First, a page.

What is still stranger, most people do not connect him [Thomas Cromwell] with the other famous Cromwell, Oliver, though Oliver was his great-nephew. But there is reason for that; it has always paid the official historians in England (and pretty well all English history of the modern sort is official and anti-Catholic) to pretend that Oliver Cromwell was a bluff, middle-class person truly representative of the English people, and to conceal the fact that he was the cadet of an immensely wealthy family, one of the wealthiest in England, whose huge fortunes came entirely from the loot of the Church.
Hilaire Belloc, Characters of the Reformation. As quoted in The Essential Belloc: A Prophet for Our Times, (edited by Rev. C. John McCloskey et al.)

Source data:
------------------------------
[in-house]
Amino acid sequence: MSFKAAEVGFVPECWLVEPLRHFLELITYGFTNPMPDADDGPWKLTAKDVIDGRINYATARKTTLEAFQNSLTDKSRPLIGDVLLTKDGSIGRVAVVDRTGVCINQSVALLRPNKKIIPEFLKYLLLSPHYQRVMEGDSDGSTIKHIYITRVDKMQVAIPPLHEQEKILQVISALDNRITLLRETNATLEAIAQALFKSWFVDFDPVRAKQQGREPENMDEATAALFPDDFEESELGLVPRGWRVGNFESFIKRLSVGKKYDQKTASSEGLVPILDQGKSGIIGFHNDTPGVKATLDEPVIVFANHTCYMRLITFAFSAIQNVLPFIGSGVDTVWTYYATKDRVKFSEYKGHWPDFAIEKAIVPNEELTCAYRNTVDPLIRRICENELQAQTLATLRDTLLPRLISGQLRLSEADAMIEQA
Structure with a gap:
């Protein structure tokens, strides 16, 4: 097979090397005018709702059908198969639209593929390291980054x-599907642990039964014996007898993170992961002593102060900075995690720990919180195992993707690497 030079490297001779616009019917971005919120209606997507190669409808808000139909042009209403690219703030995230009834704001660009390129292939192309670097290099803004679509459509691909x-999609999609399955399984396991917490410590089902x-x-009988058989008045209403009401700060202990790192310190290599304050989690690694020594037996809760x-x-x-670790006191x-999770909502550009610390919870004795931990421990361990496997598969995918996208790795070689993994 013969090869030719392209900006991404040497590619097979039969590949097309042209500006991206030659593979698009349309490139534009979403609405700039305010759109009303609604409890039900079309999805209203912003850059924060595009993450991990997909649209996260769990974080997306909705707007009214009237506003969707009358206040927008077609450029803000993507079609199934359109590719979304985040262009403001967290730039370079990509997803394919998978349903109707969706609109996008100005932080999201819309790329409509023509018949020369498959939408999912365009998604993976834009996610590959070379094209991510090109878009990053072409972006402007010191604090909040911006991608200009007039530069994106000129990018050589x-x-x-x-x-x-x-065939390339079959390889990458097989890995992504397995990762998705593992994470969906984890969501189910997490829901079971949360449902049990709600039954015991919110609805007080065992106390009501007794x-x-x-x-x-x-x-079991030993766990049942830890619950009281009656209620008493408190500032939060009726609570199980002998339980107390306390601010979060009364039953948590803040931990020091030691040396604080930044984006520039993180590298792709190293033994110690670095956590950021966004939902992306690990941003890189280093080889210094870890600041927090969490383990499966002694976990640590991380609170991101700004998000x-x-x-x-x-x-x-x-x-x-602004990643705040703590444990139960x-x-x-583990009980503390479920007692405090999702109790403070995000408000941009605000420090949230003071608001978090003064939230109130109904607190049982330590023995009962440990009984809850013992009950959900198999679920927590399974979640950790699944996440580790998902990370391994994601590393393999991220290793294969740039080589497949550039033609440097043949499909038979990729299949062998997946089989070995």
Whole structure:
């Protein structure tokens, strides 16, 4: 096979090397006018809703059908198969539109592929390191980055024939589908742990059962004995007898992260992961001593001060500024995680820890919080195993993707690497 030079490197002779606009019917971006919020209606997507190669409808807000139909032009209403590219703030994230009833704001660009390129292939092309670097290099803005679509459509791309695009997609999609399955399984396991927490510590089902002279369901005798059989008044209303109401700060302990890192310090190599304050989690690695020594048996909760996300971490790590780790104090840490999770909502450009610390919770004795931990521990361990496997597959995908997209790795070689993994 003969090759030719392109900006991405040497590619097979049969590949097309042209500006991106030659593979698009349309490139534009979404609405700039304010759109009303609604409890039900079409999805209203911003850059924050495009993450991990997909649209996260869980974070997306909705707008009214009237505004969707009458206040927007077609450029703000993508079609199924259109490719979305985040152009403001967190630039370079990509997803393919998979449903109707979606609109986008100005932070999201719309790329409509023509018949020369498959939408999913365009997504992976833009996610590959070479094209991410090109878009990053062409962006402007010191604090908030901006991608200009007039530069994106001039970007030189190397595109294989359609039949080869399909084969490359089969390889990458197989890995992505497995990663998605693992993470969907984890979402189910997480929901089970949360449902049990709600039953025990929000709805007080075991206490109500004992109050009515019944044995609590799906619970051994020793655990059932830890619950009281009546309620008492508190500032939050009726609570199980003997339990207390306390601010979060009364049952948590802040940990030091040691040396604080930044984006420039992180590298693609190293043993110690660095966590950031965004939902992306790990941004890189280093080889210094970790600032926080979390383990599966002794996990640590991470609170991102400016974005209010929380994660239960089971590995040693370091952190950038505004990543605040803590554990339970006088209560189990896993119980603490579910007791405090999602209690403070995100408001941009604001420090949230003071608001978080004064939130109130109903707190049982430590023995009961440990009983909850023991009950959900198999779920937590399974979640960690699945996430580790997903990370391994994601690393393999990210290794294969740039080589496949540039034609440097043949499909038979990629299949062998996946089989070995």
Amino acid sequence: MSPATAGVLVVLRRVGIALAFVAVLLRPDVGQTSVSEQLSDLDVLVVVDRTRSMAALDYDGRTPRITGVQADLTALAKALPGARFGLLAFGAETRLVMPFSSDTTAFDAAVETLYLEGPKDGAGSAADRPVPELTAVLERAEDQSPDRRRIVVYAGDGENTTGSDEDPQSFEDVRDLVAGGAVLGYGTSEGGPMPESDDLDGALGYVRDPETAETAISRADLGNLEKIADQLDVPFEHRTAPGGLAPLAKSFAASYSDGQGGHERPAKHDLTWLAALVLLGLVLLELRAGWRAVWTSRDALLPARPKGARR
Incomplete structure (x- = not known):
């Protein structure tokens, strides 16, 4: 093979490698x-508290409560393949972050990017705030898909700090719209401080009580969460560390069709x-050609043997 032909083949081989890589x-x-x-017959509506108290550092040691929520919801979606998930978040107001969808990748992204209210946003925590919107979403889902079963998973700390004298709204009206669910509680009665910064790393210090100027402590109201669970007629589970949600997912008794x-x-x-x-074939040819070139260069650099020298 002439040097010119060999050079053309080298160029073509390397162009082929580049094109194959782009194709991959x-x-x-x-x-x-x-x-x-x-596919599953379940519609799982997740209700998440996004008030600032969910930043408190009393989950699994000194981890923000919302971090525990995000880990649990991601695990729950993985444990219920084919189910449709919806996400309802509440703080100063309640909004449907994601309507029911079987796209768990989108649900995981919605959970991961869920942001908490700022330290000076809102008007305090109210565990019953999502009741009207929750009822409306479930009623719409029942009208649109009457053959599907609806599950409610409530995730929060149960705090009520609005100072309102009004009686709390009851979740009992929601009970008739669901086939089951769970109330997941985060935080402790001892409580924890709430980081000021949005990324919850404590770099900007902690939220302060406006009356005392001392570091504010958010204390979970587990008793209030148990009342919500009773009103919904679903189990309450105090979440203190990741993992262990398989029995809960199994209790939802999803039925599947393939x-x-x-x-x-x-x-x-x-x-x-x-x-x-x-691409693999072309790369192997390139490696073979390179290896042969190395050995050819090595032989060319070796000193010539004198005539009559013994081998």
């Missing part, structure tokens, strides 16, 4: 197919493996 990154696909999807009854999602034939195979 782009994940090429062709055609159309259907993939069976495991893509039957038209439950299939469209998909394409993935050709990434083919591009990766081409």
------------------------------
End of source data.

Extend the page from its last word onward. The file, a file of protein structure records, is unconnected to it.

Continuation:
It has been said that a lie will go round the world while truth is putting its boots on. It seems also to be true that the lie will still be running long after the truth has gone to bed. The image of Oliver Cromwell as a noble and obscure Cincinnati, reluctantly drawn from his little farm to serve his country, is still current. It was not until I read these lines from Belloc that I questioned it myself.